Daily Drilling Report for Deepwater Horizon

The Daily Drilling Report reveals what may have caused the explosion.

According to BP, “before, during or after the cement job, an undetected influx of hydrocarbons entered the wellbore.” In other words, there was a breach somewhere in well integrity that allowed methane gas and possibly other hydrocarbons to enter the well.

BP: “The 9 7/8” casing was tested; the 9 7/8 “casing hanger packoff was set and tested; and the entire system was tested.” This is called a positive pressure test: fluids were injected in the well to increase pressure and to monitor whether the well would retain its integrity. The well passed this test.

Transocean kept a daily drilling report for Deepwater Horizon ( see TRO-Daily.Drilling.Report.04.20.2010 ) keep a daily drilling report. It is an incomplete log that ends at 3 p.m., seven hours before the explosion.

The daily report confirms that three positive pressure tests were conducted in the morning to early afternoon.

BP: “After 16.5 hours waiting on cement, a test was performed on the wellbore below the Blowout Preventer.”
Halliburton completed cementing the well at 12:35 a.m. on April 20 and after giving the cement time to set, a negative pressure test (the fluid pressure inside the well is reduced and the well is observed to see whether any gas leaks into the well through the cement or casing) was conducted around 5 p.m. The results were “not satisfactory” and “inconclusive.” Significant pressure discrepancies were recorded. As a result, another negative pressure test was conducted.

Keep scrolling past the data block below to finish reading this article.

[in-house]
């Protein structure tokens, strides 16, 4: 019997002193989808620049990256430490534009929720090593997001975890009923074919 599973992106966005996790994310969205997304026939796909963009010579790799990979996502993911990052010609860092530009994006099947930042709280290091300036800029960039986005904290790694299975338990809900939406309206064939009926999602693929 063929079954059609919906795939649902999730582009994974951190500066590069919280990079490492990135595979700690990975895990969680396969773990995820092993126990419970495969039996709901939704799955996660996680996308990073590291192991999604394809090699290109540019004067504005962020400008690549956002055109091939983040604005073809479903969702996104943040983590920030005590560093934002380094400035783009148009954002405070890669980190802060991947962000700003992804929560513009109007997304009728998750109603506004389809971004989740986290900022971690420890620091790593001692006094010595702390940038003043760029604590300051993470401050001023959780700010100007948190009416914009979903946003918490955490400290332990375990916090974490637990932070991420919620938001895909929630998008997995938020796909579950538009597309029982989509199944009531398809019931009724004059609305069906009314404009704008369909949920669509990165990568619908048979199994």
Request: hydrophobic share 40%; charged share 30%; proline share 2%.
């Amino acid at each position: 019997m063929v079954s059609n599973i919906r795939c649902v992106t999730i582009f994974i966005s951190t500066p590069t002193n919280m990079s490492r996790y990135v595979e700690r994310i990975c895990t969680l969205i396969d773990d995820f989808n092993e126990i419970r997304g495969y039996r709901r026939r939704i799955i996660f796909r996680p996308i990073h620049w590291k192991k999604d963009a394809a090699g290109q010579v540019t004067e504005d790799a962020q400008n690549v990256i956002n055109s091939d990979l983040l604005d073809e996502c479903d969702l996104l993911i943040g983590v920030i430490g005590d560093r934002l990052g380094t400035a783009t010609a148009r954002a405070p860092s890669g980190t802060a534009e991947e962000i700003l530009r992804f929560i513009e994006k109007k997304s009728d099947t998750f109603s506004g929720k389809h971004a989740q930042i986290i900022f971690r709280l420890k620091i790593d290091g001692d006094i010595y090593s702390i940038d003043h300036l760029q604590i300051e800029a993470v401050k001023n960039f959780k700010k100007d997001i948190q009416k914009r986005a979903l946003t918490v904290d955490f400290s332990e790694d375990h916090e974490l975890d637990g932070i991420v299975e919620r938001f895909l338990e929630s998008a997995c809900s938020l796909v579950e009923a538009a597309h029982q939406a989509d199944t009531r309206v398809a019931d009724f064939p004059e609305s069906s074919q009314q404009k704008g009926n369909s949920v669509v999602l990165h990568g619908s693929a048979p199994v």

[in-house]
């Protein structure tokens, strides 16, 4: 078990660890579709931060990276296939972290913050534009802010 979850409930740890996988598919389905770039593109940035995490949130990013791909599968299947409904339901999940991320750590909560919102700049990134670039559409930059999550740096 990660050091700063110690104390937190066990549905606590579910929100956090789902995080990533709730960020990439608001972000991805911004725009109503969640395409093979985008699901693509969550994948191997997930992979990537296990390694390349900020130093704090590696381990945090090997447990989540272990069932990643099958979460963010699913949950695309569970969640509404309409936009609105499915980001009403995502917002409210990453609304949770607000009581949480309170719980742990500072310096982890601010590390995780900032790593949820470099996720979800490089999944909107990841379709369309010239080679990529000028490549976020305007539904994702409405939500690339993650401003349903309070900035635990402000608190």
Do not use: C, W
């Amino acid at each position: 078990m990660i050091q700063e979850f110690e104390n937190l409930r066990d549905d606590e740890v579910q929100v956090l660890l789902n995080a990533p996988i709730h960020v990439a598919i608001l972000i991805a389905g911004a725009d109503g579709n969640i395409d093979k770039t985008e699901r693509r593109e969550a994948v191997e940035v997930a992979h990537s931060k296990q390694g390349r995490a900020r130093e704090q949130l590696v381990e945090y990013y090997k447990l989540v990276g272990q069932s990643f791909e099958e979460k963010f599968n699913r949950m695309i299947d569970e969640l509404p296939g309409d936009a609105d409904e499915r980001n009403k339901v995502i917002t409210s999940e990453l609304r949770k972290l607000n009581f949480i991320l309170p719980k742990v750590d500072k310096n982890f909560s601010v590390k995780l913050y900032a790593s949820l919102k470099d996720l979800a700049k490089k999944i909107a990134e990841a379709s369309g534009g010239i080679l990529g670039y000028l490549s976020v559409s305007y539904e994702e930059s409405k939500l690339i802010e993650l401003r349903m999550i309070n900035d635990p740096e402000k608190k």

BP: “During this test (the second negative pressure test), 1,400 psi was observed on the drill pipe while 0 psi was observed on the kill and the choke lines.”
Another unsatisfactory test result.
Congressman Waxman explained that the kill and choke lines run from the drill rig 5,000 feet to the blowout preventer at the sea floor. The drill pipe runs from the drill rig through the blowout preventer deep into the well. In the test, the pressures measured at any point from the drill rig to the blowout preventer should be the same in all three lines. But what the test showed was that pressures in the drill pipe were significantly higher.

James Dupree, the BP Senior Vice President for the Gulf of Mexico explained to the House committee that the results could signal that an influx of gas was causing pressure to mount inside the wellbore.

Mr. Dupree told the Committee staff that he believed the well blew moments after the second pressure test. But lawyers for BP contacted the Committee later and provided a different account.

According to BP’s counsel, further investigation has revealed that additional pressure tests were taken, and at 8:00 p.m., company officials determined that the additional results justified ending the test and proceeding with well operations.
According to Waxman, “what we do know is that shortly before 10:00 p.m. – just two hours after well operations apparently resumed – gas surged from the well up the riser and the rig exploded in a fireball.